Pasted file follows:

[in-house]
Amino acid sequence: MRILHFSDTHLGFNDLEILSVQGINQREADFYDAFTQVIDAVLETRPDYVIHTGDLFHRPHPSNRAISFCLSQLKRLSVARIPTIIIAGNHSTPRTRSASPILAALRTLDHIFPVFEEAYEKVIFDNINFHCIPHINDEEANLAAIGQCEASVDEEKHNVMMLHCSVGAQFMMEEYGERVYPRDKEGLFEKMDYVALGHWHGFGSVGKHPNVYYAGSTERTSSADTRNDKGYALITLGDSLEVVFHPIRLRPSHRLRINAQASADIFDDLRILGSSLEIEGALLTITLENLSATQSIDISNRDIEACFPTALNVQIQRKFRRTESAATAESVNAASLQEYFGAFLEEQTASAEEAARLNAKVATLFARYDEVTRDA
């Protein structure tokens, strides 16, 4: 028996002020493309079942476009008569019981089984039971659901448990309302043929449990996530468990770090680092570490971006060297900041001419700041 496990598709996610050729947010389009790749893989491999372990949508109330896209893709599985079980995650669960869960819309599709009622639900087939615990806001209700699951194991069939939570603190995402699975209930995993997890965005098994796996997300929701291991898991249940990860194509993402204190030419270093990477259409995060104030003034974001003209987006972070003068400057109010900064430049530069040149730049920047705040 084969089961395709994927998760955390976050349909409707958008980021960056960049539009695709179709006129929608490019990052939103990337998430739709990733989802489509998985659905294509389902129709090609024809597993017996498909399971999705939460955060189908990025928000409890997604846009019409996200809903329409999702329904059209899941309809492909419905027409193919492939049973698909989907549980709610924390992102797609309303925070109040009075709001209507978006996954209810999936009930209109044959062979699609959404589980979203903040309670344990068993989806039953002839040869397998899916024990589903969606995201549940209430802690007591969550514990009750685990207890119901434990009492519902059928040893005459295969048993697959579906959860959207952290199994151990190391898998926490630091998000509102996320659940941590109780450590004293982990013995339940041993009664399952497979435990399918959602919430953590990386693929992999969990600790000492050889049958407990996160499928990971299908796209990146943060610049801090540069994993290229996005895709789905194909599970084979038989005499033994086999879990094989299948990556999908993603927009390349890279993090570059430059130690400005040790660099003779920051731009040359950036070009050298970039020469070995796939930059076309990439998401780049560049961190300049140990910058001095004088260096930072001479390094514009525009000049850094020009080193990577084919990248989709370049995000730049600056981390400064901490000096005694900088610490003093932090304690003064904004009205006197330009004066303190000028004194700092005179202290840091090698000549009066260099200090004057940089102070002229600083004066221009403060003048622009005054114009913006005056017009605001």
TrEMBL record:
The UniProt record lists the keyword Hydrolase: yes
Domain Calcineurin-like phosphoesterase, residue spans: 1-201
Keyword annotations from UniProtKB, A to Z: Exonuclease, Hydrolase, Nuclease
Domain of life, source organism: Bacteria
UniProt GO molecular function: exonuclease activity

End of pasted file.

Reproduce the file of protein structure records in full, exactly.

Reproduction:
[in-house]
Amino acid sequence: MRILHFSDTHLGFNDLEILSVQGINQREADFYDAFTQVIDAVLETRPDYVIHTGDLFHRPHPSNRAISFCLSQLKRLSVARIPTIIIAGNHSTPRTRSASPILAALRTLDHIFPVFEEAYEKVIFDNINFHCIPHINDEEANLAAIGQCEASVDEEKHNVMMLHCSVGAQFMMEEYGERVYPRDKEGLFEKMDYVALGHWHGFGSVGKHPNVYYAGSTERTSSADTRNDKGYALITLGDSLEVVFHPIRLRPSHRLRINAQASADIFDDLRILGSSLEIEGALLTITLENLSATQSIDISNRDIEACFPTALNVQIQRKFRRTESAATAESVNAASLQEYFGAFLEEQTASAEEAARLNAKVATLFARYDEVTRDA
């Protein structure tokens, strides 16, 4: 028996002020493309079942476009008569019981089984039971659901448990309302043929449990996530468990770090680092570490971006060297900041001419700041 496990598709996610050729947010389009790749893989491999372990949508109330896209893709599985079980995650669960869960819309599709009622639900087939615990806001209700699951194991069939939570603190995402699975209930995993997890965005098994796996997300929701291991898991249940990860194509993402204190030419270093990477259409995060104030003034974001003209987006972070003068400057109010900064430049530069040149730049920047705040 084969089961395709994927998760955390976050349909409707958008980021960056960049539009695709179709006129929608490019990052939103990337998430739709990733989802489509998985659905294509389902129709090609024809597993017996498909399971999705939460955060189908990025928000409890997604846009019409996200809903329409999702329904059209899941309809492909419905027409193919492939049973698909989907549980709610924390992102797609309303925070109040009075709001209507978006996954209810999936009930209109044959062979699609959404589980979203903040309670344990068993989806039953002839040869397998899916024990589903969606995201549940209430802690007591969550514990009750685990207890119901434990009492519902059928040893005459295969048993697959579906959860959207952290199994151990190391898998926490630091998000509102996320659940941590109780450590004293982990013995339940041993009664399952497979435990399918959602919430953590990386693929992999969990600790000492050889049958407990996160499928990971299908796209990146943060610049801090540069994993290229996005895709789905194909599970084979038989005499033994086999879990094989299948990556999908993603927009390349890279993090570059430059130690400005040790660099003779920051731009040359950036070009050298970039020469070995796939930059076309990439998401780049560049961190300049140990910058001095004088260096930072001479390094514009525009000049850094020009080193990577084919990248989709370049995000730049600056981390400064901490000096005694900088610490003093932090304690003064904004009205006197330009004066303190000028004194700092005179202290840091090698000549009066260099200090004057940089102070002229600083004066221009403060003048622009005054114009913006005056017009605001």
TrEMBL record:
The UniProt record lists the keyword Hydrolase: yes
Domain Calcineurin-like phosphoesterase, residue spans: 1-201
Keyword annotations from UniProtKB, A to Z: Exonuclease, Hydrolase, Nuclease
Domain of life, source organism: Bacteria
UniProt GO molecular function: exonuclease activity